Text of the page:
The opinion of the court was delivered by: Dean D. Pregerson United States District Judge
Order Denying Plaintiff's Motion to Remand (Dkt. No. 12.) [Motion filed on January 25, 2010]
Presently before the Court is Plaintiff Shawn Miller's Motion to Remand. Miller filed this action in Los Angeles Superior Court, alleging disability discrimination in violation of California's Fair Employment and Housing Act ("FEHA"), Cal. Gov't. Code §§ 12900 et seq. She initially named Swiss Re Underwriters Agency, Inc. ("SRUA") as a defendant, and later, in response to information provided by defense counsel, added Swiss Reinsurance America Corporation ("SRAC"). Defendants removed the case to federal court on the basis of diversity of citizenship, and Plaintiff then filed this Motion to Remand.
The Court is satisfied that the parties are diverse, and removal was proper. Plaintiff is a citizen of California. For diversity purposes a corporation is a citizen of both the state where it is incorporated and the state where it maintains its principal place of business, with the corporation's principal place of business determined by the location of its headquarters or "nerve center." Hertz Corp. v. Friend, No. 08-1107, 2010 WL 605601, at *11-13 (U.S. Feb. 23, 2010).*fn1
SRAC is incorporated in New York. Its corporate headquarters is in New York and its Chief Executive Officer works there. SRAC's primary administrative functions, including Human Resources, Legal, Logistics, and Information Technology, among others, are, in large part, handled out of New York. Accordingly, the Court is persuaded that SRAC is a citizen of New York, and not of California.
SRUA is a California citizen, but for the reasons set forth below, the Court is persuaded that SRUA was fraudulently joined.
"Although an action may be removed to federal court only where there is complete diversity of citizenship, 28 U.S.C. §§ 1332(a), 1441(b), 'one exception to the requirement for complete diversity is where a non-diverse defendant has been 'fraudulently joined."" Hunter v. Philip Morris USA, 582 F.3d 1039, 1043 (9th Cir. 2009) (quoting Morris v. Princess Cruises, Inc., 236 F.3d 1061, 1067 (9th Cir. 2001)). Joinder is fraudulent "'[i]f the plaintiff fails to state a cause of action against a resident defendant, and the failure is obvious according to the settled rules of the state.'" Hamilton Materials, Inc. v. Dow Chem. Corp., 494 F.3d 1203, 1206 (9th Cir. 2007) (quoting McCabe v. Gen. Foods Corp., 811 F.2d 1336, 1339 (9th Cir. 1987)) (alteration in original). "There is a presumption against finding fraudulent joinder, and defendants who assert that plaintiff has fraudulently joined a party carry a heavy burden of persuasion." Plute v. Roadway Package Sys., Inc., 141 F. Supp. 2d 1005, 1008 (N.D. Cal. 2001).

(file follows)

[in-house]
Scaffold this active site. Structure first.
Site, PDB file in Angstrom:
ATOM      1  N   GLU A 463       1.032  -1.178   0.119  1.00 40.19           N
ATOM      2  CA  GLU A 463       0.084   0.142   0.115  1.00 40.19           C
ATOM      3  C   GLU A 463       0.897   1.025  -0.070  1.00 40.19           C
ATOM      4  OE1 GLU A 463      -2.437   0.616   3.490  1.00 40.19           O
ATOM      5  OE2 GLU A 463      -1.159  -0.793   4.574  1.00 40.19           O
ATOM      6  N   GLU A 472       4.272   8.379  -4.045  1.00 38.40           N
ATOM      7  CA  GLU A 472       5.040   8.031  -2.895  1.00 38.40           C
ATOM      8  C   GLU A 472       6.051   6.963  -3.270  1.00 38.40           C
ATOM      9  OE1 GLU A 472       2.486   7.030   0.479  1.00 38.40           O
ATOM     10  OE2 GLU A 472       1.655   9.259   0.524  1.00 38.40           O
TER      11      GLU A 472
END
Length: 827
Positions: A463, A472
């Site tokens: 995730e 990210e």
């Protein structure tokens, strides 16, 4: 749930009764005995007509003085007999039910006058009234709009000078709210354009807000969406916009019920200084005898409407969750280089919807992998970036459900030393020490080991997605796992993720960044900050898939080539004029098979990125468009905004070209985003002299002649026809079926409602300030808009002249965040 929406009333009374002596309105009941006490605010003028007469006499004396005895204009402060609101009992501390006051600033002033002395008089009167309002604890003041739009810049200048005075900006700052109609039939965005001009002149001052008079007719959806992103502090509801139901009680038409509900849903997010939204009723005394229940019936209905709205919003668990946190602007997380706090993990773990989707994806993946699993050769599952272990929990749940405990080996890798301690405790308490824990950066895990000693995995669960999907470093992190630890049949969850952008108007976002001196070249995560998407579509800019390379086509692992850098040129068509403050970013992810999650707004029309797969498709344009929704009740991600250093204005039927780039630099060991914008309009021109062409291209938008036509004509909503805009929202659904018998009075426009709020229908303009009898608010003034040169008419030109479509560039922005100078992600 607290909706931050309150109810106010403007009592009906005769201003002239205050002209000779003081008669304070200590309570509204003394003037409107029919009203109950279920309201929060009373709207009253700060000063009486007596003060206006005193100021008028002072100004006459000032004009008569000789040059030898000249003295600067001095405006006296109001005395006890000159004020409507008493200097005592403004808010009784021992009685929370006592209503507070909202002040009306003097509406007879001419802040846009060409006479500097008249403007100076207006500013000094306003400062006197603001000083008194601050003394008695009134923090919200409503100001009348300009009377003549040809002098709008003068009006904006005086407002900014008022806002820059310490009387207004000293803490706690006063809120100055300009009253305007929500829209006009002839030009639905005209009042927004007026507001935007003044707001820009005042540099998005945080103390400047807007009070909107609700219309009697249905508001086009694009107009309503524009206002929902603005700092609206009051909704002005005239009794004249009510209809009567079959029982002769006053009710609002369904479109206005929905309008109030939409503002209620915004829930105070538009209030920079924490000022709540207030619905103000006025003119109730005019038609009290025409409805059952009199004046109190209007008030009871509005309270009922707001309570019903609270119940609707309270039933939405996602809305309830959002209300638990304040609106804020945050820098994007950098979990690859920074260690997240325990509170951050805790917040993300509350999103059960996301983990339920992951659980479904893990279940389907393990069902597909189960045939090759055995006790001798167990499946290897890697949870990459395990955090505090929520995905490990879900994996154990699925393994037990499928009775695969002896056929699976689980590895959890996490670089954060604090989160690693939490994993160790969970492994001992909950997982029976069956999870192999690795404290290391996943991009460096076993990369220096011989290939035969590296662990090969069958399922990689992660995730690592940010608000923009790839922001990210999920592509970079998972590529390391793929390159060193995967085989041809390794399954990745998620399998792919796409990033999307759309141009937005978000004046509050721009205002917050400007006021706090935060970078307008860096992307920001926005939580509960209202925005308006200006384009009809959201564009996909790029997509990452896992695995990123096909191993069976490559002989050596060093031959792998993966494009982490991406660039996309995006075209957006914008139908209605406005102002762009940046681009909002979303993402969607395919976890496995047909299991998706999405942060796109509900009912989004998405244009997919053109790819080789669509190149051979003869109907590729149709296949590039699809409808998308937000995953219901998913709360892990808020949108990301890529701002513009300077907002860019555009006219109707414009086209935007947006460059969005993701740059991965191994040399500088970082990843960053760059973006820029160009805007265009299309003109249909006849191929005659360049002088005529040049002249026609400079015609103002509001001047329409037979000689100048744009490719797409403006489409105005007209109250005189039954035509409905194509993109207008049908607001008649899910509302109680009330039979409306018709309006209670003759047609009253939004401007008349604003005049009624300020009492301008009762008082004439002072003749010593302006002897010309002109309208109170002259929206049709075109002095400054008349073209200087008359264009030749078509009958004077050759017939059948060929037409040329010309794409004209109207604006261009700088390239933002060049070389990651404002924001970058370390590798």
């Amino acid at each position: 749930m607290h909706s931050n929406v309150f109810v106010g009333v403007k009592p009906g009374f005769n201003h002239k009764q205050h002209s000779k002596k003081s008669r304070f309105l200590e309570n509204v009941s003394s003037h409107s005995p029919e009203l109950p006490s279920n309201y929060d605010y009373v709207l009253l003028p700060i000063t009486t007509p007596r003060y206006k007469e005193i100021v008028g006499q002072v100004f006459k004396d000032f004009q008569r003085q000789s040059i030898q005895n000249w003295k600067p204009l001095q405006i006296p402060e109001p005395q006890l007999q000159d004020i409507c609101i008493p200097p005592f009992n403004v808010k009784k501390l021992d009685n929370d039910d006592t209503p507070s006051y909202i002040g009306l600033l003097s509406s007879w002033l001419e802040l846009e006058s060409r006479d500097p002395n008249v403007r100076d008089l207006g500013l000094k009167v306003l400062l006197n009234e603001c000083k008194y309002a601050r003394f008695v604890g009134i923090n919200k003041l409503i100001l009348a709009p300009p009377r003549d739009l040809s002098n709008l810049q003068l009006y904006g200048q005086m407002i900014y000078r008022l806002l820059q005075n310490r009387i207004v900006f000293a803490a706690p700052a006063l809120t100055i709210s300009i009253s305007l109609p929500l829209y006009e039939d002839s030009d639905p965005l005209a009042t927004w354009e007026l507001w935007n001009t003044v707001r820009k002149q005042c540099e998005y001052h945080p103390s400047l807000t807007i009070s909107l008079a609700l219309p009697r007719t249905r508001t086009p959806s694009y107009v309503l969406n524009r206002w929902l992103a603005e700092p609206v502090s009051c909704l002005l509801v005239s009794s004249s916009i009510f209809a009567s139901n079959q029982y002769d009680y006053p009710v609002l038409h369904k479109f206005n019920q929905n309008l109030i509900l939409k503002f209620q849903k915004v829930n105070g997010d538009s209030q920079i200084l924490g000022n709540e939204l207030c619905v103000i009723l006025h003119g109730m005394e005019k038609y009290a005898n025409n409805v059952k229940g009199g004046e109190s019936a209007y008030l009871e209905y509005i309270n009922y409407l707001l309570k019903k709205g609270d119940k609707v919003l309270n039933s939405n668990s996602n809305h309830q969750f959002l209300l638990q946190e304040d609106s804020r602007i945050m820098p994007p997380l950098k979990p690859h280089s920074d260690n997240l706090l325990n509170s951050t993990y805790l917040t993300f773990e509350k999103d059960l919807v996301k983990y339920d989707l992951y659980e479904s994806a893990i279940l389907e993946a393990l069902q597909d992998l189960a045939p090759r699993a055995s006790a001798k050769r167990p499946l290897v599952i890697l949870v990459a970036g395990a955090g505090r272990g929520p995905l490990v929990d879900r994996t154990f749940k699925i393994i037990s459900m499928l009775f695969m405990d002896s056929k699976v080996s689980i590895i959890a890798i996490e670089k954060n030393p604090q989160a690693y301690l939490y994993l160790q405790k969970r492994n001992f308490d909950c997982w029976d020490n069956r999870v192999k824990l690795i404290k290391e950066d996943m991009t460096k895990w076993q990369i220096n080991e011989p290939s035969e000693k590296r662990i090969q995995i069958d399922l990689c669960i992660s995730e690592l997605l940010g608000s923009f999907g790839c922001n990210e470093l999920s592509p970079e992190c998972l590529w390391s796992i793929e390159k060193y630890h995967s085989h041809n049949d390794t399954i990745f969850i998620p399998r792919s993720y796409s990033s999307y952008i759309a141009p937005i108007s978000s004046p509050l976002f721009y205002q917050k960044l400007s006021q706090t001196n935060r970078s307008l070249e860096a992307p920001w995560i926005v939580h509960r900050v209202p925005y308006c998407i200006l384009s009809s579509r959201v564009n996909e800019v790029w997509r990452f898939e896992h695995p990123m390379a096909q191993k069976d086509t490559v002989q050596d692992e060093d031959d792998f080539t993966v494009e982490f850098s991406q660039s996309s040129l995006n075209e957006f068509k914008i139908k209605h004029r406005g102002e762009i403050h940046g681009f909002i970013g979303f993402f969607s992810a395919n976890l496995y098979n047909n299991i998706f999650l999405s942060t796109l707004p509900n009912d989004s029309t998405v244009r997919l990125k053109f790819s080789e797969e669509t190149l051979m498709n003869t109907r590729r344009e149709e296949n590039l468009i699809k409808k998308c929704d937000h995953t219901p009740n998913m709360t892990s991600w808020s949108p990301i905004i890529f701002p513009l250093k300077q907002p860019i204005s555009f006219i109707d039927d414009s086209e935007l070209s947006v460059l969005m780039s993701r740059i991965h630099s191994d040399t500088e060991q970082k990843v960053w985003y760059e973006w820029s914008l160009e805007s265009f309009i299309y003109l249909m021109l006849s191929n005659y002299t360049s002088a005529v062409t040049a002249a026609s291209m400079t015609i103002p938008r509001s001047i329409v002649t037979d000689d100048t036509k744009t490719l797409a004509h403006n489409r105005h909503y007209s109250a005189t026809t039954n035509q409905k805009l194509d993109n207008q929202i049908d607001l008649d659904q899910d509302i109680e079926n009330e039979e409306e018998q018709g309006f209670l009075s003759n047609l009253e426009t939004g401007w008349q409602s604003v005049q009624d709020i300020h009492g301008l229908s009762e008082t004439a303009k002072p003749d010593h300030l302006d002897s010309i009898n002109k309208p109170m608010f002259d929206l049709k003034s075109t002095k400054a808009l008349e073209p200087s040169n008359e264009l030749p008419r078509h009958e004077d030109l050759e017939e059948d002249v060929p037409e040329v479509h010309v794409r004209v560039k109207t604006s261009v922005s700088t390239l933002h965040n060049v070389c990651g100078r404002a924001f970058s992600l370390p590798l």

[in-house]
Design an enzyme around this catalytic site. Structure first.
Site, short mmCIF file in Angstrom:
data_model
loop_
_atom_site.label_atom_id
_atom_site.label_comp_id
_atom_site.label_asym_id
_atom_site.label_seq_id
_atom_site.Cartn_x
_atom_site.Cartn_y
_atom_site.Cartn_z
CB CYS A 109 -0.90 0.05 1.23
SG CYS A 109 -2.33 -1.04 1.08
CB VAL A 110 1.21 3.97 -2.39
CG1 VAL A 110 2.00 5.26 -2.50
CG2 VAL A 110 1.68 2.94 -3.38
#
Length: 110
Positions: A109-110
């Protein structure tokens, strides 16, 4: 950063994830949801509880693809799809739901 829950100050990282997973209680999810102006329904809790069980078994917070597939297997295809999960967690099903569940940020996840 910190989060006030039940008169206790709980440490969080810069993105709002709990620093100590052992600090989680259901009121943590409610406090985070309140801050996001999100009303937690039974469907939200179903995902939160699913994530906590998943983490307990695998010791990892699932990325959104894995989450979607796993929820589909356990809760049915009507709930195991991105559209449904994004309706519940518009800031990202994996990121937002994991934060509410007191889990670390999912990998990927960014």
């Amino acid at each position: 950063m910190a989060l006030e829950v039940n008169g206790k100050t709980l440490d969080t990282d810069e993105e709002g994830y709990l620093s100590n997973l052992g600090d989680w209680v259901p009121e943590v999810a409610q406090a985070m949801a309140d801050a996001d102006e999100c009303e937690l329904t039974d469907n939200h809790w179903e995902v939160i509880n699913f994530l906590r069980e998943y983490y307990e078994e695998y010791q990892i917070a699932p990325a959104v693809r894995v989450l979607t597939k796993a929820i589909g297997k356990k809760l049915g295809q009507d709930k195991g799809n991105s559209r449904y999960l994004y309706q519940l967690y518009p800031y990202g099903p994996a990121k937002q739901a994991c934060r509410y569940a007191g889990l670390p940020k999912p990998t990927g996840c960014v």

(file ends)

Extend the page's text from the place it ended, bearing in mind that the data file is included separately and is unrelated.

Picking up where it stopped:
Generally, federal courts "look only to a plaintiff's pleadings to determine removability." Gould v. Mut. Life Ins. Co. Of N.Y., 790 F.2d 769, 773 (9th Cir. 1986). In cases where a removing defendant alleges fraudulent joinder, however, the defendant is entitled to present facts showing that an "individual joined in the action cannot be liable on any theory." Ritchey v. Upjohn Drug Co., 139 F.3d 1313, 1318 (9th Cir. 1998).
From May 2000 through December 2007, Plaintiff was an employee of SRUA. Following a corporate reorganization in December 2007, Plaintiff was no longer on SRUA's payroll, and as a formal matter, she was an employee of SRAC. The conduct that forms the basis of her complaint occurred after May 2009, long after Plaintiff was reclassified as an employee of SRAC. Further, the supervisors that she identifies in the complaint (and accuses of engaging in retaliatory conduct in violation of FEHA) were, at all relevant times, employees of SRAC -- not SRUA. Indeed, since the December 2007 reorganization, SRUA has not had any employees on its payroll.
Plaintiff does not provide any competent evidence to contradict the facts listed above. She contends, however, that SRAC and SRUA amount to an "integrated enterprise," and thus, under FEHA, SRUA is properly a defendant in this action.*fn2
"The federal courts have developed a test, derived from federal labor case law, to determine whether two corporations should be considered a single employer for Title VII purposes. Commonly called the 'integrated enterprise' test, it has four factors: interrelation of operations, common management, centralized control of labor relations, and common ownership or financial control." Laird v. Capital Cities/ABC, Inc., Cal. Rptr. 2d 454, 460 (Ct. App. 1998). California courts have applied the integrated enterprise test in the context of a FEHA claim. Id.
In support of her integrated enterprise theory, Plaintiff contends that SRAC and SRUA share a common parent (Swiss Re America Holding Corporation) and management structure. She also appears to contend that, because her job duties and office location did not change after the reorganization that shifted her onto SRAC's payroll, questions of fact remain regarding whether SRUA continued to employ her.
Plaintiff's reliance on Laird, and the integrated enterprise test more broadly, is misplaced.
In Laird, the court considered whether a parent corporation and its subsidiary were a single integrated enterprise for the purposes of FEHA. In setting forth the relevant legal standard, the court stated the following:
An employee who seeks to hold a parent corporation liable for the acts or omissions of its subsidiary on the theory that the two corporate entities constitute a single employer has a heavy burden to meet under both California and federal law. Corporate entities are presumed to have separate existences, and the corporate form will be disregarded only when the ends of justice require this result. In ...